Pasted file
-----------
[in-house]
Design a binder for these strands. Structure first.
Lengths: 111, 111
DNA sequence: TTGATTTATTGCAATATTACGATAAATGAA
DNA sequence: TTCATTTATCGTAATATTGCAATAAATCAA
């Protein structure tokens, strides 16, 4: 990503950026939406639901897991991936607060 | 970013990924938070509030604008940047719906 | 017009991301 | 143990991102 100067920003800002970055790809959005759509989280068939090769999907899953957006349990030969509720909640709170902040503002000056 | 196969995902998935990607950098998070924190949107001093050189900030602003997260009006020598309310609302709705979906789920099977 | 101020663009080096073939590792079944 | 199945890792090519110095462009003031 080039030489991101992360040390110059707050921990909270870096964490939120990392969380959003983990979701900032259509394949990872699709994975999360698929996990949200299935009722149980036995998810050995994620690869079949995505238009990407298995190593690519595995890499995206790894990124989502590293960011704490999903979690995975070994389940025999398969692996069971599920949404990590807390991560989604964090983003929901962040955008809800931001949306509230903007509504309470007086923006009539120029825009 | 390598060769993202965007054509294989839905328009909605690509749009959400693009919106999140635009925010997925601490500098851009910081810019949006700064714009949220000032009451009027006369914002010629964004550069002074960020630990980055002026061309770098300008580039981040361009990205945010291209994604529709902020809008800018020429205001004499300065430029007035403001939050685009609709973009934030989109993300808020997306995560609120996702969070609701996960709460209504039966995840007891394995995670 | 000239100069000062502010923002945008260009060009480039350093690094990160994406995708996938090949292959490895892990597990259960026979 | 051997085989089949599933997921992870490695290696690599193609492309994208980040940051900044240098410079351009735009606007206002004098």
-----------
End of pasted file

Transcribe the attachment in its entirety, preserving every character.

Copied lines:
[in-house]
Design a binder for these strands. Structure first.
Lengths: 111, 111
DNA sequence: TTGATTTATTGCAATATTACGATAAATGAA
DNA sequence: TTCATTTATCGTAATATTGCAATAAATCAA
């Protein structure tokens, strides 16, 4: 990503950026939406639901897991991936607060 | 970013990924938070509030604008940047719906 | 017009991301 | 143990991102 100067920003800002970055790809959005759509989280068939090769999907899953957006349990030969509720909640709170902040503002000056 | 196969995902998935990607950098998070924190949107001093050189900030602003997260009006020598309310609302709705979906789920099977 | 101020663009080096073939590792079944 | 199945890792090519110095462009003031 080039030489991101992360040390110059707050921990909270870096964490939120990392969380959003983990979701900032259509394949990872699709994975999360698929996990949200299935009722149980036995998810050995994620690869079949995505238009990407298995190593690519595995890499995206790894990124989502590293960011704490999903979690995975070994389940025999398969692996069971599920949404990590807390991560989604964090983003929901962040955008809800931001949306509230903007509504309470007086923006009539120029825009 | 390598060769993202965007054509294989839905328009909605690509749009959400693009919106999140635009925010997925601490500098851009910081810019949006700064714009949220000032009451009027006369914002010629964004550069002074960020630990980055002026061309770098300008580039981040361009990205945010291209994604529709902020809008800018020429205001004499300065430029007035403001939050685009609709973009934030989109993300808020997306995560609120996702969070609701996960709460209504039966995840007891394995995670 | 000239100069000062502010923002945008260009060009480039350093690094990160994406995708996938090949292959490895892990597990259960026979 | 051997085989089949599933997921992870490695290696690599193609492309994208980040940051900044240098410079351009735009606007206002004098």